Tomorrow and Tuesday are the American Association of Museums' annual Museum Advocacy Days. This year, the need is especially urgent as zoos and aquariums have been barred from competing for economic stimulus funding, history and art museums were nearly excluded, and museums nationwide have been feeling the effects of the recession.
Museum work is sort of an invisible field. When I told my friends and relatives that I was entering graduate school for it, they'd kind of cock their heads and say: "So what will you be doing, exactly?" One of my most intelligent friends, when I explained about the educational programs, collection management and exhibit development, said that she'd actually never considered that people did that stuff for a living. When I was doing my graduate internship, TIAA-CREF had a commercial that featured a collections manager, for just a second. I was so excited to see it on television, that I vowed to invest all of my money with them, if I should ever get any (maybe someday...)
Yet, the impact of museums is substantial. They are like cultural oxygen: most of the time, you may not notice their presence, but you'd definitely feel their absence. Museums employ more than half a million Americans and are an important engine for cultural tourism. In some towns (like Cooperstown, NY) they're the primary draw. In other towns (like Stockbridge, MA) they're key components of thriving cultural destinations.
Museums help communities in other ways. Several years ago, the staff at the Brooklyn Museum was faced with a strugging neighborhood, full of gang activity and poverty. They realized they could help, and developed a comprehensive after-school program that has become a national model. Children can spend every weekday late afternoon there. As they get older, they become more involved in running the program, helping out the younger kids. It builds self-esteem, it teaches them things, and it keeps them off the streets and away from gangs. The Tenement House Museum in Manhattan offers programs for new immigrants.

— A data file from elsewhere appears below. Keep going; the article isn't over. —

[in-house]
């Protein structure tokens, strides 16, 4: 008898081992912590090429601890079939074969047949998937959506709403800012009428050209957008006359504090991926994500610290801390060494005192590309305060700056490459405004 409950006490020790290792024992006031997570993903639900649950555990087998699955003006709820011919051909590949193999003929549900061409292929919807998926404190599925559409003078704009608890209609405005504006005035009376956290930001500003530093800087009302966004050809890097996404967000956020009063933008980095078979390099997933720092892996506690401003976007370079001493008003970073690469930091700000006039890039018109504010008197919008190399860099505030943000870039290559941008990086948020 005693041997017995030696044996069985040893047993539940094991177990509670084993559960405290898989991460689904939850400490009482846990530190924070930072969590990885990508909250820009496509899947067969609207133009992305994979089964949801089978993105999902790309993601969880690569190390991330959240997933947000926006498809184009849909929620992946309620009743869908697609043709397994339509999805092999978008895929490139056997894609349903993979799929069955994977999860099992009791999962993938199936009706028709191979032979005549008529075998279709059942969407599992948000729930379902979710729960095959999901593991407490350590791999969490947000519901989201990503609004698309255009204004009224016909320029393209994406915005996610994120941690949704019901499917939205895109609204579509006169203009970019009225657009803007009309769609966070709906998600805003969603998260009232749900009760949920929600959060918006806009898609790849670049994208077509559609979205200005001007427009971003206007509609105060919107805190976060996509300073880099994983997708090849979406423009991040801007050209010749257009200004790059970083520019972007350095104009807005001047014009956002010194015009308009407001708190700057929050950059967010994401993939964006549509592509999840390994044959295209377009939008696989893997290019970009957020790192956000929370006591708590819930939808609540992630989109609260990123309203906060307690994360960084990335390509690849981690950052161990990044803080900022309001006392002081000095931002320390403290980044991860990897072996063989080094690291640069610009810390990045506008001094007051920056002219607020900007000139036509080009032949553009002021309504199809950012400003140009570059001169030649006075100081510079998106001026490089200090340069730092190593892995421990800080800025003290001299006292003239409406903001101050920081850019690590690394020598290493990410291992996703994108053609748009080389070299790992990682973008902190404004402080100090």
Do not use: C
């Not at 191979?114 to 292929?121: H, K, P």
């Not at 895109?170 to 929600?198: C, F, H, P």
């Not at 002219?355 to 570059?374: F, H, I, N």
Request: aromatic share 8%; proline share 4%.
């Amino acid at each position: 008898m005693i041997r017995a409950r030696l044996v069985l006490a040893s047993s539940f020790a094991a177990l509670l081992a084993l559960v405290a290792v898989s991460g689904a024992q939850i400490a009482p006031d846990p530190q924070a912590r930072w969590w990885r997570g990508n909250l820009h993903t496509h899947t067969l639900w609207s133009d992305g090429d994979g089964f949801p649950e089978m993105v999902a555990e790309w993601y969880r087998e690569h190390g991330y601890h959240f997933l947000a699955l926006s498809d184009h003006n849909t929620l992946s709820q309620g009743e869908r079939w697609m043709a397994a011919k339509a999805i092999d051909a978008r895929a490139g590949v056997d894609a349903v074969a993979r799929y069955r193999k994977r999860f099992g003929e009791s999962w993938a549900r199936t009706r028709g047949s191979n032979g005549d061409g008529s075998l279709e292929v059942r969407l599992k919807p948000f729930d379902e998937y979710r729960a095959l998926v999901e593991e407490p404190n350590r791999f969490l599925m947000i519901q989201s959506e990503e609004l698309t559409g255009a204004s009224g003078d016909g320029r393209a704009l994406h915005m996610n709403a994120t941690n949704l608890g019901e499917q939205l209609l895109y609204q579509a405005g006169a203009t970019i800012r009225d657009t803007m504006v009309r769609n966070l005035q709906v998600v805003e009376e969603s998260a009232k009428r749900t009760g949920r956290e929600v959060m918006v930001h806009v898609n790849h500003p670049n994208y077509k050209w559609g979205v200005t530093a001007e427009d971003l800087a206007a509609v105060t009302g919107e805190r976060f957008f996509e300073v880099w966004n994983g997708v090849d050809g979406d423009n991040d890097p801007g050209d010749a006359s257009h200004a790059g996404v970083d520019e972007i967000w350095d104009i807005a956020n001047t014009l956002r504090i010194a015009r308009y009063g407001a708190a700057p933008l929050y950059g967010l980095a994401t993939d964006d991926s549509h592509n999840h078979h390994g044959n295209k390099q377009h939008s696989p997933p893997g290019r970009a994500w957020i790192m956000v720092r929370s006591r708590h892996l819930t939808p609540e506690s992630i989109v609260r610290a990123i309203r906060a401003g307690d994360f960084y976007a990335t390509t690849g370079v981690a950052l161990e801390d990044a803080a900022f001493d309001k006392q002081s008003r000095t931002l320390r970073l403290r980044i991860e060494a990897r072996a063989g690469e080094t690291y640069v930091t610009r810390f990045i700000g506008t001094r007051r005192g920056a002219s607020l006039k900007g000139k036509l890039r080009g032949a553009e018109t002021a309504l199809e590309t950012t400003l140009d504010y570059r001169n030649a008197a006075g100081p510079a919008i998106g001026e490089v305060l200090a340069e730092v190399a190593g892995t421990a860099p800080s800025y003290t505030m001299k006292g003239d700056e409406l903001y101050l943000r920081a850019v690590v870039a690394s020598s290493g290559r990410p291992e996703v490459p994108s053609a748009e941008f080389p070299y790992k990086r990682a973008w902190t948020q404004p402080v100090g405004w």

Museums are sources of pride for communities. They host interesting educational programs and enjoyable activities. They're often a destination for people with out-of-town houseguests. They're a favorite field trip destination for students and scouts, a popular activity with organized social groups, and an enjoyable place for caregivers to bring elderly or developmentally disabled consumers.
Museums add a lot of value to communities in many ways. But funding all of the things they do has always been a challenge. Very few museums are fortunate enough to be able to support themselves with admission charges and gift shop sales. Most museums look for support from private foundations and from all levels of government. With the economic crisis impacting both foundations' investments and government spending, museums are facing very tough times. A visit to the job listings of the AAM website will say it all. Most of the positions listed are either top-level management (that museums can't afford to do without) or unpaid/low-paid interns. The middle level has all but disappeared with the cutbacks in funding. Most museums will do just about anything to prevent funding issues from impacting their public programming, but it's only a matter of time.
AAM has several suggestions for advocacy that can be found at speakupformuseums.org, along with links to fuller explanations of the issues museums face. If museums are important to you, email your representatives and let them know. They will be hearing from me, and I hope they'll be hearing from you, too.